JACKSON – It wasn’t too long ago that Dr. Natalie McKee took part in classroom exercises that resembled the current reality for nursing instructors and the healthcare community as a whole.

“My specialty is public health nursing,” said McKee, who finished up her third year this past semester instructing in the Associate Degree Nursing program at Hinds Community College Jackson Campus-Nursing/Allied Health Center. McKee, a Raymond resident and a St. Mary’s, W. Va. native, is also an Air Force reservist and clinical nurse for the 403rd Aeromedical Staging Squadron based at Keesler Air Force Base in Biloxi.

Dr. Natalie McKee, standing, talks to students during a session inside the TechNest at the Jackson Campus-Nursing/Allied Health Center. McKee is a reservist in the Air Force and a clinical nurse in the 403rd Aeromedical Staging Squadron at Keesler Air Force Base in Biloxi. (Courtesy of Dr. Natalie McKee)

“In 2016, for my doctorate at a military installation, I completed a quality improvement project on influenza surveillance. Earlier in the spring 2020 semester, I taught the students about pandemic influenza. We discussed social distancing, the importance of immunizations, the likelihood of supplies diminishing, and that work schedules would have to be adjusted during a pandemic.”

That experience proved vital in ways she wouldn’t have dreamed come mid-March, as the spring semester was interrupted on college campuses statewide amid the coronavirus pandemic. Hands-on career and technical education courses including nursing shifted to online delivery, which for fourth-semester nursing students meant doing required clinicals with virtual patients instead of actual visits. In-person instruction has since resumed at Hinds in academic and career-tech courses where hands-on instruction is necessary for proper licensure.

“Students were given a report on their clients and had to decide which nursing interventions to employ to care for the clients,” she said. “For example, they could choose to perform an assessment, view medical orders, administer medications, reposition the client, ask the client questions to gather more information, contact a healthcare provider to share information or contact a healthcare provider to obtain new orders. They also practiced their documentation skills as part of doing online clinicals, noting important details such as nursing care plans and the patient’s vital signs.”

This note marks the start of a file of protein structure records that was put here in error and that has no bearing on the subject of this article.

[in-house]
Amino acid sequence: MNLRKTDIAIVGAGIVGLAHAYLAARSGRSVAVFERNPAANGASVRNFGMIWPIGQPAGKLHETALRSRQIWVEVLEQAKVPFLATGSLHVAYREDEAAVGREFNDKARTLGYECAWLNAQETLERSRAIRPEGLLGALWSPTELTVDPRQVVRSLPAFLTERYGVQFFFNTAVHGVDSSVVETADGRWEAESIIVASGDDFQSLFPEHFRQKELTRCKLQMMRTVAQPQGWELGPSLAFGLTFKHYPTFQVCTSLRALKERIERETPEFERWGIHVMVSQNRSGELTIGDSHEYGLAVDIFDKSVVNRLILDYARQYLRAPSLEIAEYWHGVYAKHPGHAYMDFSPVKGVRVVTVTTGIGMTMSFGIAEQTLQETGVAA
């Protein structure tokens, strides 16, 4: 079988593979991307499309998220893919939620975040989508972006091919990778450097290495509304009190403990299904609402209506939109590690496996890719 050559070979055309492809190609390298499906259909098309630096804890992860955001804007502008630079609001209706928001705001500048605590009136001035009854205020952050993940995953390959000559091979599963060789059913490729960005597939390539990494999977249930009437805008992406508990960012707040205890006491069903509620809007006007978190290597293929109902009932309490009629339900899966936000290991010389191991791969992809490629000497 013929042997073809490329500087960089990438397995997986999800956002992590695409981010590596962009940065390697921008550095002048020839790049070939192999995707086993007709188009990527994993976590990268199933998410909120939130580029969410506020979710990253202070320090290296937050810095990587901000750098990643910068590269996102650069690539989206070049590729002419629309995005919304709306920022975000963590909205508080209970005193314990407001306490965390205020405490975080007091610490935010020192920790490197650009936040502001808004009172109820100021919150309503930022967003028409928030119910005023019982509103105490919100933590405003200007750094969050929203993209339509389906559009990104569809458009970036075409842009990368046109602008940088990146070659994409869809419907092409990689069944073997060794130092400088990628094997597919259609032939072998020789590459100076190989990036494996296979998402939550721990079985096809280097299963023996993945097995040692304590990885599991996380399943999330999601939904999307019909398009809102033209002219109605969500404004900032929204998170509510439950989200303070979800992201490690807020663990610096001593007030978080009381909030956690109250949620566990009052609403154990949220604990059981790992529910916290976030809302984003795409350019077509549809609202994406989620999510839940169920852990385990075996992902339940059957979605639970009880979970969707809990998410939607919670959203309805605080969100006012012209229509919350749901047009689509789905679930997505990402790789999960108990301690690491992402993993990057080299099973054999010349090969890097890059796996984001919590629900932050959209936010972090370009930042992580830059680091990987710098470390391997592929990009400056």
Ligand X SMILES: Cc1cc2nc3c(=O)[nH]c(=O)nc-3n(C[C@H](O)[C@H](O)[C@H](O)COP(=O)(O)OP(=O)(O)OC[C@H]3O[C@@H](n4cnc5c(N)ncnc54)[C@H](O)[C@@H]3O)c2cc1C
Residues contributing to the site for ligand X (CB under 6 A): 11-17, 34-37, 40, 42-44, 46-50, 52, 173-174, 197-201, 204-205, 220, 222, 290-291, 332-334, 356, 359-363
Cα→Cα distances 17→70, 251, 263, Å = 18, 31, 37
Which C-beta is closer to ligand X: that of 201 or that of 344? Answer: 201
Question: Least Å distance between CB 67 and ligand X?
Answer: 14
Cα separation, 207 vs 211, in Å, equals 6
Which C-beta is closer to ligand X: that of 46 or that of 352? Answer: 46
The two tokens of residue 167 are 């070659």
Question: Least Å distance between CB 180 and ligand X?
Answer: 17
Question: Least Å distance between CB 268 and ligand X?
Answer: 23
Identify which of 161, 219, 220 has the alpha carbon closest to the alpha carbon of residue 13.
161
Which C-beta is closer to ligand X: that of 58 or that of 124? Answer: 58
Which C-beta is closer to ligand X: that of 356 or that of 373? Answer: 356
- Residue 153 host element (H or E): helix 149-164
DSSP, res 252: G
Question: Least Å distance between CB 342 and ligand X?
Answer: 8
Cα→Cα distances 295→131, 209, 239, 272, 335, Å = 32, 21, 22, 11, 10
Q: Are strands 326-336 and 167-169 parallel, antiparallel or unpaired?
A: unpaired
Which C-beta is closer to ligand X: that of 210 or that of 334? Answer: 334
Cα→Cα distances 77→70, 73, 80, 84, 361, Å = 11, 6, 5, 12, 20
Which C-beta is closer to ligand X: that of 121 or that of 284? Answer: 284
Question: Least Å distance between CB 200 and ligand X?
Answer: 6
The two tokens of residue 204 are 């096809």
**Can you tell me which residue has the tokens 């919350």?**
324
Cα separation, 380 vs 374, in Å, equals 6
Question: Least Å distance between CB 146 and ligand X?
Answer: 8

It was as much a learning experience for both teacher and student in McKee’s class, but she was there every step of the way to ensure success.

“Nothing about going from a hospital clinical setting to an online virtual simulation was ideal,” said third-semester student Jessica Williams, of Brandon, a licensed pharmacy tech who already had bachelor’s degrees in psychology and history before pursuing an RN credential she’s on track to earn from Hinds next fall. “However, teachers like Dr. McKee did their very best to choose simulations that complemented our testing material. Her lectures were equally as engaging and enthusiastic as she was in the classroom setting.”

“I literally only took one day off while working remotely from home,” she said. “I am very methodical when I work and wanted everything to be right for the students. I spoke with all of my clinical students on the phone to help them to write their professional nursing papers, and I encouraged them to contact me if they had any questions on the material that was being taught.”

McKee enjoys teaching but is also prepared to enter the fight to slow the spread of COVID-19 on a different level if need be. “Being a clinical nurse in the Air Force Reserve, I am prepared both mentally and with my job in case I get activated to assist with the COVID-19 crisis.”

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